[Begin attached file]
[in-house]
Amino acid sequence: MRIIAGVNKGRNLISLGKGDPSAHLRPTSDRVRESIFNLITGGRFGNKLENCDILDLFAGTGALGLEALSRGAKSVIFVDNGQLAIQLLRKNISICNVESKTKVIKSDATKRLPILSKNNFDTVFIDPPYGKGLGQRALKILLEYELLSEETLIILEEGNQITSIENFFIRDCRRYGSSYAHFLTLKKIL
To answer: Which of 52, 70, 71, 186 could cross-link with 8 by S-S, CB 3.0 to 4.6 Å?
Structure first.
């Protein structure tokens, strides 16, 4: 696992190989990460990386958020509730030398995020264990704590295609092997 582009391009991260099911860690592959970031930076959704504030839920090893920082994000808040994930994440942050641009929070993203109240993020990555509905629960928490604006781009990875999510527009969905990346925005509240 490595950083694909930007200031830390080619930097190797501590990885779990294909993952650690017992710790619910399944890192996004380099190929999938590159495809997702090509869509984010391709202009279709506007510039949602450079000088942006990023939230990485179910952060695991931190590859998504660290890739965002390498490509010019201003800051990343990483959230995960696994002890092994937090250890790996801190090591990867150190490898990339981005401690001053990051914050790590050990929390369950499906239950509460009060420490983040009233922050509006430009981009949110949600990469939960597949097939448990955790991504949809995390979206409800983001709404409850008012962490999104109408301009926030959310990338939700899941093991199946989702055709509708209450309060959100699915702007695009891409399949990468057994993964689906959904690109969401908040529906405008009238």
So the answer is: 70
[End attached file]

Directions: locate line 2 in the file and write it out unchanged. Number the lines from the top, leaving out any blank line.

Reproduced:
Amino acid sequence: MRIIAGVNKGRNLISLGKGDPSAHLRPTSDRVRESIFNLITGGRFGNKLENCDILDLFAGTGALGLEALSRGAKSVIFVDNGQLAIQLLRKNISICNVESKTKVIKSDATKRLPILSKNNFDTVFIDPPYGKGLGQRALKILLEYELLSEETLIILEEGNQITSIENFFIRDCRRYGSSYAHFLTLKKIL